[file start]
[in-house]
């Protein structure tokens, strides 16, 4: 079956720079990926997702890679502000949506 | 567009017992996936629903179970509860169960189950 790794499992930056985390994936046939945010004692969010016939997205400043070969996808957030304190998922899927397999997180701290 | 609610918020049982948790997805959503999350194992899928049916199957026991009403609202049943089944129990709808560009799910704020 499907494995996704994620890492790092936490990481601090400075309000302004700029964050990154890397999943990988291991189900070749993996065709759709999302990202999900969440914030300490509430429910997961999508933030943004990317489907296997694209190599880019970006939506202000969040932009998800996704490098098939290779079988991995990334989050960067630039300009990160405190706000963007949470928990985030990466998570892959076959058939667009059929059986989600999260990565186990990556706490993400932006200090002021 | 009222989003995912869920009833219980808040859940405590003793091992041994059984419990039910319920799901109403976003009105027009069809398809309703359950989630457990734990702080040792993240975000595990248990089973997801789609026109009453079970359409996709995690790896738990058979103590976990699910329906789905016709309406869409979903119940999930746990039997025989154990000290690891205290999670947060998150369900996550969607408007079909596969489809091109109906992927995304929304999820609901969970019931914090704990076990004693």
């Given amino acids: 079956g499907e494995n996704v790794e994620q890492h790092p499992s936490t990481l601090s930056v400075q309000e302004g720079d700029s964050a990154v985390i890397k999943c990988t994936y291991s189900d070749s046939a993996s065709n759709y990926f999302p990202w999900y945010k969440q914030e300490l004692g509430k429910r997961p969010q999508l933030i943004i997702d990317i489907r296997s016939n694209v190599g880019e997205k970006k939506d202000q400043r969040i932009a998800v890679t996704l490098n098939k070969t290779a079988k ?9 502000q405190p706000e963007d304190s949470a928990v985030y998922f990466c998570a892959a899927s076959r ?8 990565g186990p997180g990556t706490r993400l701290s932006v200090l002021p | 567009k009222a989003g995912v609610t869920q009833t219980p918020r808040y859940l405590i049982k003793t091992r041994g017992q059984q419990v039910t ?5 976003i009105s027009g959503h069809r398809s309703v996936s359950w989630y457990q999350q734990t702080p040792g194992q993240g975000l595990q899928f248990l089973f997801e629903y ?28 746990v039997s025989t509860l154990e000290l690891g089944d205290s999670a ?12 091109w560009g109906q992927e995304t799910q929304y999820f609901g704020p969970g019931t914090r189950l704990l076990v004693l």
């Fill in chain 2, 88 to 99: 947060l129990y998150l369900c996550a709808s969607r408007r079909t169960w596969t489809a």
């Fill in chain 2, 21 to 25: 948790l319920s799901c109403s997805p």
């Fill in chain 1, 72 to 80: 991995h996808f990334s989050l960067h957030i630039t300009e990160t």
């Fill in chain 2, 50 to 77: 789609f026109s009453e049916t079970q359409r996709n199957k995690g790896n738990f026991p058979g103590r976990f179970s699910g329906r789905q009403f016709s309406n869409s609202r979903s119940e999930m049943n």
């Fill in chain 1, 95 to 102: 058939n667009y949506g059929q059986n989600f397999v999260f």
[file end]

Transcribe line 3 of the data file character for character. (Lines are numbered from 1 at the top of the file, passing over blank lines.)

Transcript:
């Given amino acids: 079956g499907e494995n996704v790794e994620q890492h790092p499992s936490t990481l601090s930056v400075q309000e302004g720079d700029s964050a990154v985390i890397k999943c990988t994936y291991s189900d070749s046939a993996s065709n759709y990926f999302p990202w999900y945010k969440q914030e300490l004692g509430k429910r997961p969010q999508l933030i943004i997702d990317i489907r296997s016939n694209v190599g880019e997205k970006k939506d202000q400043r969040i932009a998800v890679t996704l490098n098939k070969t290779a079988k ?9 502000q405190p706000e963007d304190s949470a928990v985030y998922f990466c998570a892959a899927s076959r ?8 990565g186990p997180g990556t706490r993400l701290s932006v200090l002021p | 567009k009222a989003g995912v609610t869920q009833t219980p918020r808040y859940l405590i049982k003793t091992r041994g017992q059984q419990v039910t ?5 976003i009105s027009g959503h069809r398809s309703v996936s359950w989630y457990q999350q734990t702080p040792g194992q993240g975000l595990q899928f248990l089973f997801e629903y ?28 746990v039997s025989t509860l154990e000290l690891g089944d205290s999670a ?12 091109w560009g109906q992927e995304t799910q929304y999820f609901g704020p969970g019931t914090r189950l704990l076990v004693l």